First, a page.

Breaking the sound barrier
Chuck Yeager, the U.S. test pilot and WWII aviator who broke the sound Barrier in 1947, was on my mind this morning. You see, he was a childhood hero of mine. I was a bit of an aviation fan and have read every book and article I could lay my hands on, on this remarkable individual. As youngsters, we even had playing cards with aviation heroes, which we used to collect and swap between us.
Born on Feb. 13, 1923, in Myra, West Virginia, he was the second of five children of Albert Yeager, a natural-gas driller, and his wife Susie Mae. He grew-up in a small town, learning auto-mechanic skills from his father and spending much of his time fishing and hunting. After a rather uneventful childhood, Chuck enlisted in the U.S. Army Air Corps, first as a mechanic and was selected for pilot training in 1942. After gaining a reputation as a fighter pilot, he returned to the US after the war.
By 1947, The U.S. Air Force had chosen Yeager to pilot an experimental rocket-powered plane, called Bell X-1, in California’s Mojave Desert. The plan was to push closer and closer to the speed of sound – Mach 1, or roughly 1,070 kph, over the course of numerous tests. The gradual approach was deemed necessary to study the shock waves that caused extreme turbulence as the plane would approach supersonic speed. By 14 October 1947, getting ready for his ninth test flight, Yeager was showing clear signs of frustration. At 20,000 feet, his X-1 rocket plane detached from the B-29 bomber that had carried it into the sky. Yeager activated rocket boosters that propelled the ship to 42,000 feet (12,800 meters). With 30% of his fuel still remaining, he activated another booster to reach 0.96 Mach, employing a recently devised technique — adjusting a horizontal stabilizer on the plane’s tail, to counter the shock wave building up there. And here is where the story gets interesting…
He noticed that the faster he flew, the smoother the ride became. At some point, the Mach needle began to fluctuate. It went up to 0.965 Mach and then tipped right off the scale. He thought he was just seeing things. But in reality, measurements showed he had reached Mach 1.06. The sonic boom that accompanied the breakthrough notified the crew on the ground that Yeager had made history. He later noted “I was thunderstruck – after all the anxiety, breaking the sound barrier turned out to be a perfectly paved speedway.”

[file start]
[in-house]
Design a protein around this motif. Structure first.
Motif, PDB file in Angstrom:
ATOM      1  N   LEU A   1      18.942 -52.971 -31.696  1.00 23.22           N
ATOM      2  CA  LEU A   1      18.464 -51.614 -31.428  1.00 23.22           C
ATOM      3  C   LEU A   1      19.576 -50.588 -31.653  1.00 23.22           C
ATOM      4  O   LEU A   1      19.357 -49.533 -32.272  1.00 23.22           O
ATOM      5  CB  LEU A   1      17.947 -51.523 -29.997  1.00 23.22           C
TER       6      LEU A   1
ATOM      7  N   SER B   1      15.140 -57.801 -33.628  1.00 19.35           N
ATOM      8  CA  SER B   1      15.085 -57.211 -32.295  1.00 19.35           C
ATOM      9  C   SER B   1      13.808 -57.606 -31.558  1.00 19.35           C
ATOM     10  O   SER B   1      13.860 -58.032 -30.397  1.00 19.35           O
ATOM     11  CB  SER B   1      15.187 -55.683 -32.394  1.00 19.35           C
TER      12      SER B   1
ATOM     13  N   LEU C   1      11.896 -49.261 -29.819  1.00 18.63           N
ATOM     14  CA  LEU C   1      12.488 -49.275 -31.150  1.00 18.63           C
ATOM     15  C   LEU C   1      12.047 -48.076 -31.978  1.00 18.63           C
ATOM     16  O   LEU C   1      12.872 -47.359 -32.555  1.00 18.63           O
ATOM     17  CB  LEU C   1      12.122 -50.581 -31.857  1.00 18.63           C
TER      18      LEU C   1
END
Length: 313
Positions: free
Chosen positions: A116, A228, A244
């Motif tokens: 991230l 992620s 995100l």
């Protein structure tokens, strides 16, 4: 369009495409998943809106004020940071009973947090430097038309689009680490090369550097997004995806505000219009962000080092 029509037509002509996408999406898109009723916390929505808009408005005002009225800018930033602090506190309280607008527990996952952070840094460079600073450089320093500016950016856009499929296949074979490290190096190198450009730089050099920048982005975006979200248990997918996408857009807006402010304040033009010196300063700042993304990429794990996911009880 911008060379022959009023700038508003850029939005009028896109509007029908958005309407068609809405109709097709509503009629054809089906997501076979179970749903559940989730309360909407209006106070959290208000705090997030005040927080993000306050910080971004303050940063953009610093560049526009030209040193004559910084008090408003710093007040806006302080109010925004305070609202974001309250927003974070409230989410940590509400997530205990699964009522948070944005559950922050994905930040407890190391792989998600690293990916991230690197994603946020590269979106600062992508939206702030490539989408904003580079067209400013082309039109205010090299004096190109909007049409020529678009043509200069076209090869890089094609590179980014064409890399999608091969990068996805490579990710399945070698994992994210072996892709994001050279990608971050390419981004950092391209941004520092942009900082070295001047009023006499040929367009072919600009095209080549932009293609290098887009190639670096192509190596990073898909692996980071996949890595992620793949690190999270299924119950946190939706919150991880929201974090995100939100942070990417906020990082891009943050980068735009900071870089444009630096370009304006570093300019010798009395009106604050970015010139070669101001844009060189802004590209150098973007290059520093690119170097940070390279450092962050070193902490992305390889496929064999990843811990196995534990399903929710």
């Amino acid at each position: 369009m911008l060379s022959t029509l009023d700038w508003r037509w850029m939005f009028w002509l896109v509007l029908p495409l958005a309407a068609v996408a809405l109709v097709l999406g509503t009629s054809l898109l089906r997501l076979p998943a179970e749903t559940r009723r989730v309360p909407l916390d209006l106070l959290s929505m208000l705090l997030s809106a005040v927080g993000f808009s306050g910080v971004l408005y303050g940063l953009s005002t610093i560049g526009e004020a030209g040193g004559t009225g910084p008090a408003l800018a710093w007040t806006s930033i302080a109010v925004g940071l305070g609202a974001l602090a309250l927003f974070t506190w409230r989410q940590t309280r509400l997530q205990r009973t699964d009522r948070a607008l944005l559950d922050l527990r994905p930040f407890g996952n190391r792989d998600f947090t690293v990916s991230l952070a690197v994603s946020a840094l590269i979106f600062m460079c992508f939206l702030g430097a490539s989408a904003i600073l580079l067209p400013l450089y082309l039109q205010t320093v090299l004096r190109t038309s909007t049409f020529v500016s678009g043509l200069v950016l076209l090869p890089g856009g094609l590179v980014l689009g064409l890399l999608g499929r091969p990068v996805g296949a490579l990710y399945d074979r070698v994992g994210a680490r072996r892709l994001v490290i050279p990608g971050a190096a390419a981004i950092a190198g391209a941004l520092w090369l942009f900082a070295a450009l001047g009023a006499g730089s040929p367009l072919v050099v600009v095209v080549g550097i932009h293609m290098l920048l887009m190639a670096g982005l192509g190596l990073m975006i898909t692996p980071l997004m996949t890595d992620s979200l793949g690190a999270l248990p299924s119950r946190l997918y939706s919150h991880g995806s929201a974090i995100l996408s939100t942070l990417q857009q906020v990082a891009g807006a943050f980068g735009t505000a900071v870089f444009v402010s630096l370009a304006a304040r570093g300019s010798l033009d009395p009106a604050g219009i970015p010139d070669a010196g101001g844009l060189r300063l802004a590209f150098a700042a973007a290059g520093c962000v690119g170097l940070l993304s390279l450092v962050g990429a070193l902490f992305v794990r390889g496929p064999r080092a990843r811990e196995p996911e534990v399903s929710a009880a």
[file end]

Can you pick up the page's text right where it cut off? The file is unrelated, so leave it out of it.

I suppose there is a lesson here for all those seeking to set a record, to go beyond convention and perhaps even defy the powers that be…expecting turbulence, escalating uncertainty and possible disaster, as we deliberately inch our way closer to what seems an unbroken barrier, we find a new and quiet space, where our instruments of the past can no longer tell us where we are, where the barrier is within sight, and before we know it, we find ourselves stepping across the once-thought impossible, into new possibilities.
Chuck was considered the greatest test pilot ever by many of his contemporaries and played an important role in what became known as the ‘Golden Age’ of aviation. He went on to head the US Air Force’s Aerospace Research Pilot School, which would train more than 25 astronauts who participated in the Gemini, Apollo and Space Shuttle programs. He supported aviation education through a charitable foundation and he served on the presidential commission that investigated the 1986 explosion of the Space Shuttle Challenger.
Having lived an “incredible life well lived”, at the age of 97, Chuck Yeager passed away earlier today. Rest in Peace Chuck. You have touched the lives of so many and showed us that barriers were meant to be broken, not in rage but in knowing that, in some way, we are already there, in the stillness, before the moment arrives.
Have a good weekend everyone!
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In this special edition of Hidden Growth Champions, we speak with Marc Vlietstra of TTRO, on our work with clients to develop strategic capabilities. As we adapt to new and unfamiliar terrains, the capabilities we need often change. Complex new capability sets come into focus while others no longer offer us a measure of differentiation. Listen to our conversation about how we’ve gone about developing one such capability, at speed and scale.